On Asian healthcare’s digital transformation and better quality of care

Norman Deery, Vice President of Clinical Effectiveness, Wolters Kluwer Health APAC, affirms that Asia is all-geared up for a digital revolution in healthcare, and identifies the challenges and opportunities for its realisation.

The future of healthcare is digital, and Asia is poised to take a huge leap to realise its healthcare system’s digital transformation. Norman Deery, Vice President of Clinical Effectiveness at Wolters Kluwer Health for Asia Pacific, believes the region is primed for this as evidenced by the wide adoption of advanced clinical decision support systems during the pandemic. More than 500 thousand UpToDate® users, and a significant number from Asia Pacific countries, have accessed its COVID-19 content topics. 

Deery worked for 30 years in the information technology industry prior to joining Wolters Kluwer, thus, has an excellent understanding of the blueprint underlying digital transformation. Shifting to the healthcare industry because of that “wonderful sense of achievement from helping people and improving the quality of life for others”, Deery shares his vision for a patient-centric health system for Asia – one that could also be prompted by technological innovation.

Digitising healthcare in Asia not only allows for efficient medical processes but also patient safety and clinical effectiveness, which are positively and consistently linked to a higher quality of care. Providing better quality of care, though most vital, is never an easy trail. In Asia, a number of apparent challenges may be addressed through innovative solutions.

Deery observes that physician ratio in the region’s emerging markets is a major problem. To illustrate, the number of physicians per 1,000 people in China is 1.9, in India 0.7, in Malaysia, Vietnam, and the Philippines 1.2, in Thailand 0.4, and in Indonesia 0.2. These numbers are way lower than what communities need considering the increase in the ageing population and the prevalence of chronic conditions and diseases.  All these challenges add to the pressure of providing quality care in the most efficient way possible.  Wolters Kluwer’s solutions help by providing trusted recommendations at the point of care, where it matters most.  A clinician can typically search, locate, and review the information they need in approximately 1 minute.

Healthcare organisations in Asia also struggle to harmonise care across the entire healthcare system. “Medicine has become so fragmented that if you have doctors, nurses, pharmacists, patients, and everyone else in the healthcare continuum all making decisions based on disparate information, you simply can’t provide high quality or very effective care,” Deery says. With an evidence-based clinical decision support tool, however, these providers could have access to up-to-date medical information to help in their decision-making. Hence, they would be able to reduce unwanted variability in care across the system through enhancing medical decision-making and patient assessments, and through proactively alerting prospective patients of issues that need medical intervention.

Another problem, not just in Asia but globally, is erroneous diagnosis and medication. The World Health Organisation reports at least 5 patients dying every minute because of unsafe care, and four out of 10 patients harmed during primary and ambulatory health care due to errors in diagnosis, prescription, and medication. With new technologies like Wolters Kluwer’s UpToDate, healthcare providers can make the best clinical decisions, supported by updated and critically reviewed evidence, to save more lives.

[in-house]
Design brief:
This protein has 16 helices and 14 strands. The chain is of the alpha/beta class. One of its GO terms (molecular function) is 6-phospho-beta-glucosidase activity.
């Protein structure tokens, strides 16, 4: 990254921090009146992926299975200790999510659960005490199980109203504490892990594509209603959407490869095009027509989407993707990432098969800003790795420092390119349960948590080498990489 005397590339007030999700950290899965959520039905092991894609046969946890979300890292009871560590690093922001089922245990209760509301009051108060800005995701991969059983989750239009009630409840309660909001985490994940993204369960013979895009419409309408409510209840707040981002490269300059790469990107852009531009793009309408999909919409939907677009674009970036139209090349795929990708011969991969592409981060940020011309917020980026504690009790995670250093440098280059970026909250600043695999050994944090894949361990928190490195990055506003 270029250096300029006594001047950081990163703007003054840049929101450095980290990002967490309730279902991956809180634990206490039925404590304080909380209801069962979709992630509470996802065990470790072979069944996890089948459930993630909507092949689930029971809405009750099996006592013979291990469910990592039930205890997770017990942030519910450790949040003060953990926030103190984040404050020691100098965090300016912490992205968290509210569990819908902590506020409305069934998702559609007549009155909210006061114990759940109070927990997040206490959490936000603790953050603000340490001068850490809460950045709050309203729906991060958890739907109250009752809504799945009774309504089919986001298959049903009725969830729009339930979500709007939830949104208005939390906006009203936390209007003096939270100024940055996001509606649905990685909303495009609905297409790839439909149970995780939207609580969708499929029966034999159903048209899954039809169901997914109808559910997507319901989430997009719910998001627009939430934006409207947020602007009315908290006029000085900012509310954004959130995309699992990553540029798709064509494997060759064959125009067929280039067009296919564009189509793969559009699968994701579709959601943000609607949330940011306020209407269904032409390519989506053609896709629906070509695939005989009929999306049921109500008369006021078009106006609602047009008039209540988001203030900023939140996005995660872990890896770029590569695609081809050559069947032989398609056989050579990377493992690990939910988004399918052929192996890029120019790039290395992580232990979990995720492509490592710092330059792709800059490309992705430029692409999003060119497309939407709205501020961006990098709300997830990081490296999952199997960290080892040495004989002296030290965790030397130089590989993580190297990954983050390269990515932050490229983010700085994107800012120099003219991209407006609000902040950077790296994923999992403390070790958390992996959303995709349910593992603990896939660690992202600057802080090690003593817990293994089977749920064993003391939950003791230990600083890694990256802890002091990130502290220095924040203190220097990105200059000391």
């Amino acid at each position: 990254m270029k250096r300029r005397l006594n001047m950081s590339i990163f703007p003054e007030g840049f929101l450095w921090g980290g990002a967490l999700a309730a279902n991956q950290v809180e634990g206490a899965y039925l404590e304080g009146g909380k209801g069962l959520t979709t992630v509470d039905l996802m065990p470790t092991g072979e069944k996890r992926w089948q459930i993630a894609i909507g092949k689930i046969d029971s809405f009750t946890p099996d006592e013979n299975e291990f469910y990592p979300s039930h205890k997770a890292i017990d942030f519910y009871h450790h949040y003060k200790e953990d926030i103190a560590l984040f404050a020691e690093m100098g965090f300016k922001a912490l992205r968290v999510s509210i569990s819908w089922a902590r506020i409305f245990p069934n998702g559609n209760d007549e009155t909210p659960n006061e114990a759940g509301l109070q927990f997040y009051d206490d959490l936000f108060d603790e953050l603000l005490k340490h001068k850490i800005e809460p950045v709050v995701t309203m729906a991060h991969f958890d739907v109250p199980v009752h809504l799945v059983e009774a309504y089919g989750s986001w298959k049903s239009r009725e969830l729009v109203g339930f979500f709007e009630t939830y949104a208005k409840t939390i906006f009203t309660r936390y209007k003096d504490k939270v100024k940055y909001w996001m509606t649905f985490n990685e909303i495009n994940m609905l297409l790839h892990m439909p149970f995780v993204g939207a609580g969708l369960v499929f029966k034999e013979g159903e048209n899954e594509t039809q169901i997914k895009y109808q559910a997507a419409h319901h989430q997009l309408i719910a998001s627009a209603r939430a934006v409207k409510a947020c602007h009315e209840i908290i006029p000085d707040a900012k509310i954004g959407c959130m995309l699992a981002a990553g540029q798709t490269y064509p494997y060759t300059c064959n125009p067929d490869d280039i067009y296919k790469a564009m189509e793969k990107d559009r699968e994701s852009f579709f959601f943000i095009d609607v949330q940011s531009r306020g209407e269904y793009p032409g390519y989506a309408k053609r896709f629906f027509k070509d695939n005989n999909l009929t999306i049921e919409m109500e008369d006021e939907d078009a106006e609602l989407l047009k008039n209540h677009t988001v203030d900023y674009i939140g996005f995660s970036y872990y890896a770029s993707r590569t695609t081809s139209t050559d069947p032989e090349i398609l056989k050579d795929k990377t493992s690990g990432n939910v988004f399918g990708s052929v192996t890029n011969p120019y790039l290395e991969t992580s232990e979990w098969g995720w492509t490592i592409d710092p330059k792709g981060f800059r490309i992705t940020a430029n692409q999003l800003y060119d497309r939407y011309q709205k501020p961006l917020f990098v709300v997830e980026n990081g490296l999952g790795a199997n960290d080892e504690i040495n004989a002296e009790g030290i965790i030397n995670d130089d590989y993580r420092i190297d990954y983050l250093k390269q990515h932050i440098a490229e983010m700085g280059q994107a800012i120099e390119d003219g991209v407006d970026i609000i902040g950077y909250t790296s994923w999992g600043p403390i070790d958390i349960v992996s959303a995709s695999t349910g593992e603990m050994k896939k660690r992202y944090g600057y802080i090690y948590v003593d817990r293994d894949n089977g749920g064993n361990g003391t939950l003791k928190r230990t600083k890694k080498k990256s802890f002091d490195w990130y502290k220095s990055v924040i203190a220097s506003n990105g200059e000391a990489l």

Even in today’s situation where patients and physicians resort to virtual consultations, evidence-based solutions can add value to hospitals. As of date, Wolters Kluwer is working with telemedicine providers in Asia to integrate the benefits of harmonised and evidence-based care to patients. Additionally, Deery mentions that they are currently incorporating their solutions, such as UpToDate, Lexicomp, and Medi-Span, with a variety of Electronic Medical Records (EMR) systems providers so as to contribute to better data management coupled with the improvement of the quality of care.

There is also increasing support from governments and healthcare providers across the region to swiftly employ digital technologies. Over the years, governments are observed to increase their healthcare spending, thereby, increasing confidence that they would give continuous support to the health sector. Healthcare providers and patients likewise show eagerness in using mobile technologies and cloud-based solutions, hence, putting pressure on hospitals to integrate such solutions into their organisations.

Step by step, Asia could transform its healthcare system towards becoming more digital, not because other regions are doing it, but because of the necessity of providing better care for patients through proven technological solutions.

About UpToDate

Researchers at Harvard associated the use of UpToDate, the only clinical decision support resource associated with improved outcomes, with lower mortality rates and shorter lengths of hospital stay. Several other studies confirm UpToDate’s impact on learning, better clinical decisions, improved quality of care, patient safety, efficiency, and mortality.

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